The course is part of this learning path
Before diving deeper into the technical aspects of this course, this lecture provides an overview as to why as an organization would find it beneficial to perform logging and monitoring of their environment. Data collated through different services is so valuable to operational teams it's key that this data is retained, understood, and viewed to enable you to maintain a high level of service, both operationally and from a security standpoint.
The lecture begins by highlighting why we should perform logging before providing a number of different benefits to your organization. These benefits include: 'Audit Control' allowing you to retain data for both internal and external auditors to comply with controls. 'Incident Detection and Resolution' allowing you to pinpoint root cause. 'Monitoring and alerting' which helps to proactively respond to potential threats. 'Trend Analysis' which can be used to provide a baseline of normal performance helping you to detect anomalies easier. 'Understanding your infrastructure' having more information about the performance and state of your infrastructure is fundamental when it comes to maintaining a stable environment. By the end of this lecture, you will understand the importance of logging and how this data can help your organization in a number of different scenarios.
Hello, and welcome to this short lecture, where I want to discuss a few of the different benefits that logging can bring you and your infrastructure. For some, many people consider logging an afterthought, something that is implemented after it's too late. This is often the case where an incident or breach of security has occurred that resulted in a delay of resolution and safeguarding of your environment. In hindsight of these situations, logging would have been a great idea to have had running and implemented in the first place to rectify the event quickly and efficiently, or even prevent it from happening in the first place.
So how can logging help?
Generally, logs are created by services and applications which contain a huge amount of information, which is recorded and retained on persistent storage, to be reviewed and analyzed at any time that it might be needed. Some logs can be monitored in real time, allowing automatic responses to be carried out, depending on the data contents of the log. From an auditing perspective, these logs are invaluable. They often contain vast amounts of metadata, including date stamps, source information such as IP address or usernames, and this is especially true when you're looking at CloudTail logs. These logs can be used to help you achieve specific compliance certifications that require evidence of traceable and auditable actions that have been carried out.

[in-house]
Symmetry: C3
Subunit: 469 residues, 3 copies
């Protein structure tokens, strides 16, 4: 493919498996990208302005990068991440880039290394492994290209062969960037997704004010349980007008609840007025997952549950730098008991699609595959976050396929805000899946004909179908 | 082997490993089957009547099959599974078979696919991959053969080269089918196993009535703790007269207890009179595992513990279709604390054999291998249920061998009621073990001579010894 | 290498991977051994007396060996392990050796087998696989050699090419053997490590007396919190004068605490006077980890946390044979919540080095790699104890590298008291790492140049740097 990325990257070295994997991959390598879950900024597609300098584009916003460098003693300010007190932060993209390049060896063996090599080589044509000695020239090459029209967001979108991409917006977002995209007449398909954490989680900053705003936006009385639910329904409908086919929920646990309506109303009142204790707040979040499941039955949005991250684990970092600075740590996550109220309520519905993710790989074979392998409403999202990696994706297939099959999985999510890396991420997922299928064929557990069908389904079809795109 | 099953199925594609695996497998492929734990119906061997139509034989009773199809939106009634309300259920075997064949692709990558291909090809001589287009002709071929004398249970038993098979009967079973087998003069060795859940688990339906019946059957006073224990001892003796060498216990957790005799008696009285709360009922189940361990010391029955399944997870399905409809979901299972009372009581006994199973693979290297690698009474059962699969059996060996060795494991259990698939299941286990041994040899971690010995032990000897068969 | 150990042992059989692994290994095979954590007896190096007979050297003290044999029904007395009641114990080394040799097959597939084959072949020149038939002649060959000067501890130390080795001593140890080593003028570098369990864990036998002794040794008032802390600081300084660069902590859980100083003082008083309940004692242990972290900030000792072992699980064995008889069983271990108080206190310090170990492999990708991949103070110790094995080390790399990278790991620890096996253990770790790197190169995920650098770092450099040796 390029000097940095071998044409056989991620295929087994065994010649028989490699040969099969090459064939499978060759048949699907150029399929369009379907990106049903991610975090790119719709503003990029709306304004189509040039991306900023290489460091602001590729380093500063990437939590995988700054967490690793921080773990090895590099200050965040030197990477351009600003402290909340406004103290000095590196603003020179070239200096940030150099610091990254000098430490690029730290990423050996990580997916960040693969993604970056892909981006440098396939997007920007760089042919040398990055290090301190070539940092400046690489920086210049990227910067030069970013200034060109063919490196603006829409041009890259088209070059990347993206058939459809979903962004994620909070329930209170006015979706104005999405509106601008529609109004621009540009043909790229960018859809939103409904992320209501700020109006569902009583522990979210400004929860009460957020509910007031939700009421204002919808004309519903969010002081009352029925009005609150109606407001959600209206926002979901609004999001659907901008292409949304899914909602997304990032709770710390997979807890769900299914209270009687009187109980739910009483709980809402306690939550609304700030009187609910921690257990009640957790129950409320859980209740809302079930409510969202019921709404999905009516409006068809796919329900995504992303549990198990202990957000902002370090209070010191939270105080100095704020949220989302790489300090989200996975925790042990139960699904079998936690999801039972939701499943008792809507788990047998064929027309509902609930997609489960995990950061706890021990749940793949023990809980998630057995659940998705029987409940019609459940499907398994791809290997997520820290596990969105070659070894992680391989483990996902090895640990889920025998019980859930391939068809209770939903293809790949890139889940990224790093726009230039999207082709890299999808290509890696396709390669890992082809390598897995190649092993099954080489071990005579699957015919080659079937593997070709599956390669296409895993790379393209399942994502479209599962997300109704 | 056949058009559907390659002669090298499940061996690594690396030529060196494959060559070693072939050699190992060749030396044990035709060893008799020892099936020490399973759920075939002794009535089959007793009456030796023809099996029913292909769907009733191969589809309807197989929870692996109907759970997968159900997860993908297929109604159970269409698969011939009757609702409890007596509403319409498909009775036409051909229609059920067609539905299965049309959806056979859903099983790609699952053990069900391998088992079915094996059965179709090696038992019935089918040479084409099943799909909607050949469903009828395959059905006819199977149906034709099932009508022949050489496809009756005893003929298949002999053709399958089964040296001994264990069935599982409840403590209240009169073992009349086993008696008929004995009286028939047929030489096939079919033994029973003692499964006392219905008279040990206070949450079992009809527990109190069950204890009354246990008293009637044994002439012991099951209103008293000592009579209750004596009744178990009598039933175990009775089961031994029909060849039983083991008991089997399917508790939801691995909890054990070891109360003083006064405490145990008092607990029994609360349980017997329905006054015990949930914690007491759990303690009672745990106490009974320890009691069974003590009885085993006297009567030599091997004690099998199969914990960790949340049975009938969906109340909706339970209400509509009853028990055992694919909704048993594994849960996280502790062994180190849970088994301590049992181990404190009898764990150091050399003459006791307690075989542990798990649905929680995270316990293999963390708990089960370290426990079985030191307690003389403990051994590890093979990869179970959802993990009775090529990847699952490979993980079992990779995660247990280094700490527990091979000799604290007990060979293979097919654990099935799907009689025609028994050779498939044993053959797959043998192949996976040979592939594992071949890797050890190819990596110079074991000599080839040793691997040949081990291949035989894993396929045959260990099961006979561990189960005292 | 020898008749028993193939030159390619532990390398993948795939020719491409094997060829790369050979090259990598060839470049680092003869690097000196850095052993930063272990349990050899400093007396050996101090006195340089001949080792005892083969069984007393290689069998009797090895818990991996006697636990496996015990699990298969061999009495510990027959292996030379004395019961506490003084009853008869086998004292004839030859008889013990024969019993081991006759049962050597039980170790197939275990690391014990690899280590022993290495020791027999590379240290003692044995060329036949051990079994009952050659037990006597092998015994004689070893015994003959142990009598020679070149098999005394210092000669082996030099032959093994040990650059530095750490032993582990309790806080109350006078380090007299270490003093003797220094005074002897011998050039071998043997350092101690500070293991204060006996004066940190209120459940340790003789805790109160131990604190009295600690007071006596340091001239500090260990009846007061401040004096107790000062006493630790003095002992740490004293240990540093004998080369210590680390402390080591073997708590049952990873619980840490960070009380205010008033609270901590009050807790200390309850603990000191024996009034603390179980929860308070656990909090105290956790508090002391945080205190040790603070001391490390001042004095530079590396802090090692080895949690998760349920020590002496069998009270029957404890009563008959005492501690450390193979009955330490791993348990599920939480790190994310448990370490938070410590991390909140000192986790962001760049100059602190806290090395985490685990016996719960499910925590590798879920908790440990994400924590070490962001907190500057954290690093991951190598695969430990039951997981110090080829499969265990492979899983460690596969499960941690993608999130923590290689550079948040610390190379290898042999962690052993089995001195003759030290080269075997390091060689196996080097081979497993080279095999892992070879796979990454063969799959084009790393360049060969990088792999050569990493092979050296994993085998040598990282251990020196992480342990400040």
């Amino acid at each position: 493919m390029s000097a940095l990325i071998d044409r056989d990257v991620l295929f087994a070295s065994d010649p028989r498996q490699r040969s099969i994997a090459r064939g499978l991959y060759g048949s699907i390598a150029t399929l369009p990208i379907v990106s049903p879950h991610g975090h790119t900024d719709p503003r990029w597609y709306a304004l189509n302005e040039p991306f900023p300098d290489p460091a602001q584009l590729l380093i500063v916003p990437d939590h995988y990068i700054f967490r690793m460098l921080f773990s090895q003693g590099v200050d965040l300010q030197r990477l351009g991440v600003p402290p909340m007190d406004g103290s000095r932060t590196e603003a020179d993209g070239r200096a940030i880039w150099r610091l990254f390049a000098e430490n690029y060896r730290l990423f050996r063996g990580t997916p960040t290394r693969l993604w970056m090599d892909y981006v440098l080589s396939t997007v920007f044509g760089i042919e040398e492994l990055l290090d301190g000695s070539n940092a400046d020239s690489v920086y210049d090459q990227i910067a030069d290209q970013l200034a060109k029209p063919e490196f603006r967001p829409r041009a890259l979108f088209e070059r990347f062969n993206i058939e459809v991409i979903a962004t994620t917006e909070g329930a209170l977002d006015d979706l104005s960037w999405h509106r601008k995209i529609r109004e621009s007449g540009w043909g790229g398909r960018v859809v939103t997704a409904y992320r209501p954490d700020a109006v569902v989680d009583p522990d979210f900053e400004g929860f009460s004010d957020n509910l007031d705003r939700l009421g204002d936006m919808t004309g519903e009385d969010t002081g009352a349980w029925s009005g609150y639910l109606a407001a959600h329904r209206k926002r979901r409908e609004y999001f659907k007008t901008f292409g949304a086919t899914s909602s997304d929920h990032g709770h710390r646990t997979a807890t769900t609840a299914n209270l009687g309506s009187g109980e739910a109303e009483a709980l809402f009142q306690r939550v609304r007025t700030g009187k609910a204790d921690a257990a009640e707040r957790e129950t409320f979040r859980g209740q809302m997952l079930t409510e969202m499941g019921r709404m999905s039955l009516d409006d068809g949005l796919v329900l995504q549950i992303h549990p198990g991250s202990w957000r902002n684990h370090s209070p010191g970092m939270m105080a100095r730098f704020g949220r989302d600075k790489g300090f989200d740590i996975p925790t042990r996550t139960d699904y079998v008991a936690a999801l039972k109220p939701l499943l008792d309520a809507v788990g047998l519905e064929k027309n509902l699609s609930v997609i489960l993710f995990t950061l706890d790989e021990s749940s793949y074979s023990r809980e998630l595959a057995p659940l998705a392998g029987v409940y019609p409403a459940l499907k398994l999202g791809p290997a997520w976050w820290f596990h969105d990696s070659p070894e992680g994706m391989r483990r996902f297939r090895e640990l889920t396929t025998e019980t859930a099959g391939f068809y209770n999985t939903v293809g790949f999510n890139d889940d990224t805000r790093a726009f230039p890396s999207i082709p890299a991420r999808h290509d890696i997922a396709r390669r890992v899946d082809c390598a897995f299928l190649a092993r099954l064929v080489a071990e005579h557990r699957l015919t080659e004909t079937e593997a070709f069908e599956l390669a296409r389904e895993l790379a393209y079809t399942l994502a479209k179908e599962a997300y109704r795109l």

Being able to resolve an incident as quickly as possible is paramount within your organization. Whether it's a priority one, two, or three, being able to gain as much insight into what happened just before and just after the incident can significantly reduce your time to resolution. Using logs to ascertain the state of your environment before and after and even during the incident provides clarity and enables you to detect where the incident occurred, allowing you to pinpoint your efforts in a specific area. Quicker resolution results in a better customer experience for your organization.
By monitoring the data within your logs, you're able to quickly identify potential issues that you want to be made aware of as soon as they occur. By combining this monitoring of logs with thresholds and alerts, you are able to receive automatic notifications of potential issues, threats, and incidents, prior to them becoming a production issue. By logging what's happening within your applications, network, and other cloud infrastructure, you are able to build a baseline of performance and establish what's routine and what isn't. By having this baseline, you are able to identify threats and anomalies easier through the use of third party tools and management services.
To have a thorough understanding of what's happening within your infrastructure provides a huge benefit to your operational teams. Having an inside look of how your infrastructure is performing and communicating helps achieve the previous benefits that I've already discussed, and having more data about how your environment is running far outweighs the disadvantage of not having enough information, especially when it really matters to your business in the case of incidents and security breaches.
That now brings me to the end of this lecture. There are many more reasons as to why you should be capturing data that can be logged. But I just wanted to provide a few key points to you.
Coming up next, I shall be looking at how you can implement CloudWatch logs to collect different metrics.
Stuart has been working within the IT industry for two decades covering a huge range of topic areas and technologies, from data center and network infrastructure design, to cloud architecture and implementation.
To date, Stuart has created 90+ courses relating to Cloud reaching over 100,000 students, mostly within the AWS category and with a heavy focus on security and compliance.
Stuart is a member of the AWS Community Builders Program for his contributions towards AWS.
He is AWS certified and accredited in addition to being a published author covering topics across the AWS landscape.
In January 2016 Stuart was awarded ‘Expert of the Year Award 2015’ from Experts Exchange for his knowledge share within cloud services to the community.
Stuart enjoys writing about cloud technologies and you will find many of his articles within our blog pages.